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SECTION 1 — THE NATURE OF THIS OVERSIGHT
Let us consider, what it is to take heed to ourselves. 1. See that the work of saving grace be thoroughly wrought in your own souls. Take heed to yourselves, lest you be void of that saving grace of God which you offer to others, and be strangers to the effectual working of that gospel which you preach; and lest, while you proclaim to the world the necessity of a Savior, your own hearts should neglect him, and you should miss of an interest in him and his saving benefits. Take heed to yourselves, lest you perish, while you call upon others to take heed of perishing; and lest you famish yourselves while you prepare food for them. Though there is a promise of shining as the stars, to those ‘who turn many to righteousness,’ that is but on supposition that they are first turned to it themselves. Their own sincerity in the faith is the condition of their glory, simply considered, though their great ministerial labors may be a condition of the promise of their greater glory. Many have warned others that they come not to that place of torment, while yet they hastened to it themselves: many a preacher is now in hell, who hath a hundred times called upon his hearers to use the utmost care and diligence to escape it.
Can any reasonable man imagine that God should save men for offering salvation to others, while they refuse it themselves; and for telling others those truths which they themselves neglect and abuse? Many a tailor goes in rags, that maketh costly clothes for others; and many a cook scarcely licks his fingers, when he hath dressed for others the most costly dishes.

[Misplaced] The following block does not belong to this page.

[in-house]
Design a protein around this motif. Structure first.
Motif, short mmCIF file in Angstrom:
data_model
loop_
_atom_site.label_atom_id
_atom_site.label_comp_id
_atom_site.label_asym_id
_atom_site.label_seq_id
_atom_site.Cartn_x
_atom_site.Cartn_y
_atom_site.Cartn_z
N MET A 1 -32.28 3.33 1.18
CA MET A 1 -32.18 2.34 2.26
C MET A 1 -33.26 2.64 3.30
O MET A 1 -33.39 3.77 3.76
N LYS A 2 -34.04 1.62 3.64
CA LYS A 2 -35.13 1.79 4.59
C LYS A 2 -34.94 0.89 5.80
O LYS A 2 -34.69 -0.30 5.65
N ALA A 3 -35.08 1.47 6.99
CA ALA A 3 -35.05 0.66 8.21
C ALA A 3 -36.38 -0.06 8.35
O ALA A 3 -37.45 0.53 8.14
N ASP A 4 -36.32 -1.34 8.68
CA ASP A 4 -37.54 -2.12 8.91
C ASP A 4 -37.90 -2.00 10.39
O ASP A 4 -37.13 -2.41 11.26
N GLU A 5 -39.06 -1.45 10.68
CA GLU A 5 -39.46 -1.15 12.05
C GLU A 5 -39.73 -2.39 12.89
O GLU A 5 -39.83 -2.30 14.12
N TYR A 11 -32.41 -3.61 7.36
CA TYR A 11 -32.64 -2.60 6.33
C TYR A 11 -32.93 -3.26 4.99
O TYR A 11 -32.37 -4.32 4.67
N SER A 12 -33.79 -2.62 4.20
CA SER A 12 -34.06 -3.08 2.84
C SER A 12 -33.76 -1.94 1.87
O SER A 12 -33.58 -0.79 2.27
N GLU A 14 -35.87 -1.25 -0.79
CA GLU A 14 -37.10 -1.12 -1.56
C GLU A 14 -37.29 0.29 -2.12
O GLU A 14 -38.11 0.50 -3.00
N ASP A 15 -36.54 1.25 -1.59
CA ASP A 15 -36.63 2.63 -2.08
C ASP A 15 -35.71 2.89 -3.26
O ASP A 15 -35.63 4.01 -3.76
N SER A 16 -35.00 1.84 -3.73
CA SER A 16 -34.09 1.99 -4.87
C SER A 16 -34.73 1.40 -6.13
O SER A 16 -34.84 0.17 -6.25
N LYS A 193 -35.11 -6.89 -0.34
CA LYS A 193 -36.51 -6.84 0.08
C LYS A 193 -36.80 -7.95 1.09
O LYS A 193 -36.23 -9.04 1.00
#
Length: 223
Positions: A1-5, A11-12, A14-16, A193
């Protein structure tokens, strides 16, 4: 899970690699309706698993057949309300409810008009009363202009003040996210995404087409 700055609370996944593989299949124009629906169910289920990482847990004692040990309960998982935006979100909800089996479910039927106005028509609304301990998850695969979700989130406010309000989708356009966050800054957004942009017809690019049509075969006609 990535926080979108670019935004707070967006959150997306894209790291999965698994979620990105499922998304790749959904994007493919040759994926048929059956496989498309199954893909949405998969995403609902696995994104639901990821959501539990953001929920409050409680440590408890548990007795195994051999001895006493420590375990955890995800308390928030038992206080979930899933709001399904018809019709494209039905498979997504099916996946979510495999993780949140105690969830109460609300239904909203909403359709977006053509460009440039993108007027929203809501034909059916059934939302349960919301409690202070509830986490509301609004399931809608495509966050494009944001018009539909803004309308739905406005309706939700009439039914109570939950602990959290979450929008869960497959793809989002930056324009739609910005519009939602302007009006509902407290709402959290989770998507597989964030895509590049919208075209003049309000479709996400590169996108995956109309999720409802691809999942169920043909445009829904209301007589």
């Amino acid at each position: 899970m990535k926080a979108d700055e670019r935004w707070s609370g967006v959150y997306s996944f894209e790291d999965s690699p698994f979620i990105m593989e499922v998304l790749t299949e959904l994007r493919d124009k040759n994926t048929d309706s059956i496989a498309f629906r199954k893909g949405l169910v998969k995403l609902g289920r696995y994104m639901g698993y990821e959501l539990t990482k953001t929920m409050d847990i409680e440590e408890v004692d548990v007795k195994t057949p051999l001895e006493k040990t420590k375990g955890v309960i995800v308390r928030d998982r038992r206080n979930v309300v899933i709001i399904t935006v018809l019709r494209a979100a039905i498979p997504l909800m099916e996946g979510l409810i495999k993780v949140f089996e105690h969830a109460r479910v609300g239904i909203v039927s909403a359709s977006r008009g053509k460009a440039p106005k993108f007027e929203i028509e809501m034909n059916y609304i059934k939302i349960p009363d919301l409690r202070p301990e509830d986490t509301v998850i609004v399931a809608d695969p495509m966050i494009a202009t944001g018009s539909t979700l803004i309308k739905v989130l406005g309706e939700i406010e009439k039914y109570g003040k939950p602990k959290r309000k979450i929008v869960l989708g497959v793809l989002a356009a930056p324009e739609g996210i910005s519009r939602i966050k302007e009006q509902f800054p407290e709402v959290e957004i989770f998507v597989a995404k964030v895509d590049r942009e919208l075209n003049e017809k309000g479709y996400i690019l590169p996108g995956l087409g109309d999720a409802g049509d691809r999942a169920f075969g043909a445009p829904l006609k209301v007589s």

Believe it, brethren, God never saved any man for being a preacher, nor because he was an able preacher; but because he was a justified, sanctified man, and consequently faithful in his Master’s work. Take heed, therefore, to ourselves first, that you he that which you persuade your hearers to be, and believe that which you persuade them to believe, and heartily entertain that Savior whom you offer to them. He that bade you love your neighbors as yourselves, did imply that you should love yourselves, and not hate and destroy yourselves and them.
It is a fearful thing to be an unsanctified professor, hut much more to be an unsanctified preacher. Doth it not make you tremble when you open the Bible, lest you should there read the sentence of your own condemnation?